When a vital American Dream requires American citizens to understand themselves as consumers, what is the role of political ideology and the state in shaping this identity position?
I have historically analyzed the presidential terms of Ronald Reagan, William J. Clinton, George W. Bush and Hussein Barak Obama. My study documents how, in the hopes of combatting economic recessions, these presidents adopt distinctive strategies to paint the citizen-consumer as a virtuous pursuer of the American Dream through a process I refer to as governmentality.
How does governmentality work? I find that recent US presidents have employed a series of knowledge structures – or dispositives – that merge the national myth of the American Dream and the political ideology of neoliberalism in a particular rendering of moral values towards addressing their specific economic and political goals.
Each president employs unique dispositives in their speeches to shape a particular citizen-consumer subject. The disciplinary dispositive creates a moral structure by depicting the citizen-consumer as a protagonist seeking the American Dream. The legal dispositive establishes the citizen-consumer as a dynamic economic contributor through implementation of market regulations and tax and housing policies. Lastly, the security dispositive manages active participation of the citizen-consumer in the marketplace.
To counter the 1980 and 1981-1982 recessions, for instance, Reagan uses a disciplinary dispositive that portrays Americans as protagonists who embrace responsibility, freedom, and voluntarism, and portrays the government as an antagonist that has squandered Americans’ hard-earned wages. He further champions this notion by supporting self-governed citizen-consumers over top-down government interventions. Reagan also incorporates a legal dispositive of aggressive tax reduction, meant to augment consumption and investment. He additionally applies a security dispositive of fostering active and entrepreneurial participation in the market. Hence, Reagan implies that by exhibiting freedom and voluntarism, citizen-consumers can revive the economy and subsequently attain the American Dream.
To fight the 1990-1991 recession, Clinton employs a disciplinary dispositive that casts the middle-class as protagonists and wealthy Americans as antagonists. It also offers a fresh set of values—responsibility, opportunity, and community—which emphasizes working together to ameliorate the country’s present and future. Accordingly, Clinton’s legal dispositives include a monumental welfare reform act and an initiative to increase financial investment in urban and rural zones. His security dispositives entail elevating taxes for the wealthiest Americans while lowering taxes for the middle class, as well as encouraging diverse populations to purchase homes. Therefore, Clinton indicates that by prioritizing community and seizing opportunity, citizen-consumers can fortify the economy and actualize the American Dream.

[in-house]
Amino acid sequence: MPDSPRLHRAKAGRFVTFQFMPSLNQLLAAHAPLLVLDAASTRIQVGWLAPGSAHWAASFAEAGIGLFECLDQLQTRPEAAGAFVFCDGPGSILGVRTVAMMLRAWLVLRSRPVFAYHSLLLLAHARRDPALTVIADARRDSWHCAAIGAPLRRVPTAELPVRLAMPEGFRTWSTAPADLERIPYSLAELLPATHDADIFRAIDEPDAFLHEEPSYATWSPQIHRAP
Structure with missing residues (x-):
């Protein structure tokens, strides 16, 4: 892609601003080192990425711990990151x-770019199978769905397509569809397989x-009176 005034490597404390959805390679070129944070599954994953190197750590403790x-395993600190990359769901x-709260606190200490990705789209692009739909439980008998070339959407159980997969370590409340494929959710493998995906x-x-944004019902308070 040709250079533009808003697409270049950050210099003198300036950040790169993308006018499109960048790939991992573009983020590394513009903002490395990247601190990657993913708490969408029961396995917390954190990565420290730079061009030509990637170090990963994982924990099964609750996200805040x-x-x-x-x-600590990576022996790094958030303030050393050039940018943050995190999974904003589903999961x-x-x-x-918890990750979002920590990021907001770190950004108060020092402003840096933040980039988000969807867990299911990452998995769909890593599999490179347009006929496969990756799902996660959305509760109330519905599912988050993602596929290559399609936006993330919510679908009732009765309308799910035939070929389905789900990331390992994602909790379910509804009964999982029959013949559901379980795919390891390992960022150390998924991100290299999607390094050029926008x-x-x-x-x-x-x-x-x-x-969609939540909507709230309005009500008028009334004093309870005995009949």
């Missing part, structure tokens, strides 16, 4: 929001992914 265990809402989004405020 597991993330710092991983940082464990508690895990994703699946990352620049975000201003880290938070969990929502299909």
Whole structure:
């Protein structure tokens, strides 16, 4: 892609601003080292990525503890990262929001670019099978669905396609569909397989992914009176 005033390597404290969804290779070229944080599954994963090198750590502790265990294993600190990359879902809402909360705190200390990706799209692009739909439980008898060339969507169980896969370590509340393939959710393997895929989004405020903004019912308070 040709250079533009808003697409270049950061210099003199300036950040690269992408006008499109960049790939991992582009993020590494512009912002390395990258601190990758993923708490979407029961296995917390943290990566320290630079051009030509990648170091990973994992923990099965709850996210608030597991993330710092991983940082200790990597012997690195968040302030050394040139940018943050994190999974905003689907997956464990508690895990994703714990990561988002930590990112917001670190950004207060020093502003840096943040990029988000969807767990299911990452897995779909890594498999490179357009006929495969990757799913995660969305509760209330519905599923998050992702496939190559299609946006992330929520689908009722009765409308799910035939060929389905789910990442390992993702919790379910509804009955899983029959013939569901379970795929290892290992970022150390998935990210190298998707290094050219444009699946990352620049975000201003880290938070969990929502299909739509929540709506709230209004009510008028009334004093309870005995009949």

To tackle the 2001 recession, Bush uses a disciplinary dispositive that frames the government as a paternal figure to the citizen-consumer. This is intended to persuade Americans to accept greater self-responsibility, and simultaneously engender the value of compassion. The bulk of Bush’s legal and security dispositives are directed at expanding home ownership—especially amongst minority groups—through tax credits, loans, and more, which would ideally stimulate the economy and allow citizen-consumers to achieve the American Dream.
Finally, to curb the 2007-2008 recession, Obama implements a disciplinary dispositive that characterizes Wall Street as the antagonist and ordinary citizens as the protagonists who appreciate the values of shared responsibility, hope, and resilience. Moreover, he applies legal dispositives that introduce extensive consumer protections and institutional improvements in financial markets. He additionally incorporates security dispositives to permit government intervention in assisting struggling homeowners, bailing out automobile manufacturers, and beyond. Evidently, just like his aforementioned predecessors, Obama suggests that a central set of values can resuscitate economic activity and provide citizen-consumers a chance at fulfilling the American Dream.
My 40-year analysis documents how American presidents have iteratively linked neoliberal political ideology and the national myth of American dream through a sophisticated morality play myth that casts the citizen-consumer as a responsible and active moral hero on a journey to achieve American dream. They use disciplinary dispositives to define the moral qualities of the citizen-consumer subject, which consistently emphasizes responsibility as the key moral value albeit meshed with liberal values of fairness and social equality during Democrat and more libertarian values of freedom and voluntarism during Republican presidential terms.
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